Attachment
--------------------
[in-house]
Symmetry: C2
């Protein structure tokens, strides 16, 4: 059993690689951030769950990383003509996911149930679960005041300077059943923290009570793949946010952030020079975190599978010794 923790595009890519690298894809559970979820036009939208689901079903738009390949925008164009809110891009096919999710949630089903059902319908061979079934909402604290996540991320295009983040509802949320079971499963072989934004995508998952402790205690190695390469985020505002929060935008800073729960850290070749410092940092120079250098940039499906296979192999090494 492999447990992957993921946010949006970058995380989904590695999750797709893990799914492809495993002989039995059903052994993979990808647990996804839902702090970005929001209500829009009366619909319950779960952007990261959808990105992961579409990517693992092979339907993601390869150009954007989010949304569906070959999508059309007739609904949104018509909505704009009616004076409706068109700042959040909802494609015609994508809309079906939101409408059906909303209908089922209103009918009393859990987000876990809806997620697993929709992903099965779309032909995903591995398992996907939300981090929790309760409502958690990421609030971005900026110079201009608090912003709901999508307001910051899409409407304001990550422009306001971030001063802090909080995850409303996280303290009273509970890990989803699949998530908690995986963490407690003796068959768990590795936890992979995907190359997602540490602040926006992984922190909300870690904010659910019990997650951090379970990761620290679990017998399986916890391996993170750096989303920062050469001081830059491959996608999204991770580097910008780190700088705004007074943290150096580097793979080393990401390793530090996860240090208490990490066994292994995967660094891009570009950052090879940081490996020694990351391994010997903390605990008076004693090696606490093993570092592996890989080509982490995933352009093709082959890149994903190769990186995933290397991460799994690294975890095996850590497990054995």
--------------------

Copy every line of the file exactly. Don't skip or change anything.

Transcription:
[in-house]
Symmetry: C2
């Protein structure tokens, strides 16, 4: 059993690689951030769950990383003509996911149930679960005041300077059943923290009570793949946010952030020079975190599978010794 923790595009890519690298894809559970979820036009939208689901079903738009390949925008164009809110891009096919999710949630089903059902319908061979079934909402604290996540991320295009983040509802949320079971499963072989934004995508998952402790205690190695390469985020505002929060935008800073729960850290070749410092940092120079250098940039499906296979192999090494 492999447990992957993921946010949006970058995380989904590695999750797709893990799914492809495993002989039995059903052994993979990808647990996804839902702090970005929001209500829009009366619909319950779960952007990261959808990105992961579409990517693992092979339907993601390869150009954007989010949304569906070959999508059309007739609904949104018509909505704009009616004076409706068109700042959040909802494609015609994508809309079906939101409408059906909303209908089922209103009918009393859990987000876990809806997620697993929709992903099965779309032909995903591995398992996907939300981090929790309760409502958690990421609030971005900026110079201009608090912003709901999508307001910051899409409407304001990550422009306001971030001063802090909080995850409303996280303290009273509970890990989803699949998530908690995986963490407690003796068959768990590795936890992979995907190359997602540490602040926006992984922190909300870690904010659910019990997650951090379970990761620290679990017998399986916890391996993170750096989303920062050469001081830059491959996608999204991770580097910008780190700088705004007074943290150096580097793979080393990401390793530090996860240090208490990490066994292994995967660094891009570009950052090879940081490996020694990351391994010997903390605990008076004693090696606490093993570092592996890989080509982490995933352009093709082959890149994903190769990186995933290397991460799994690294975890095996850590497990054995």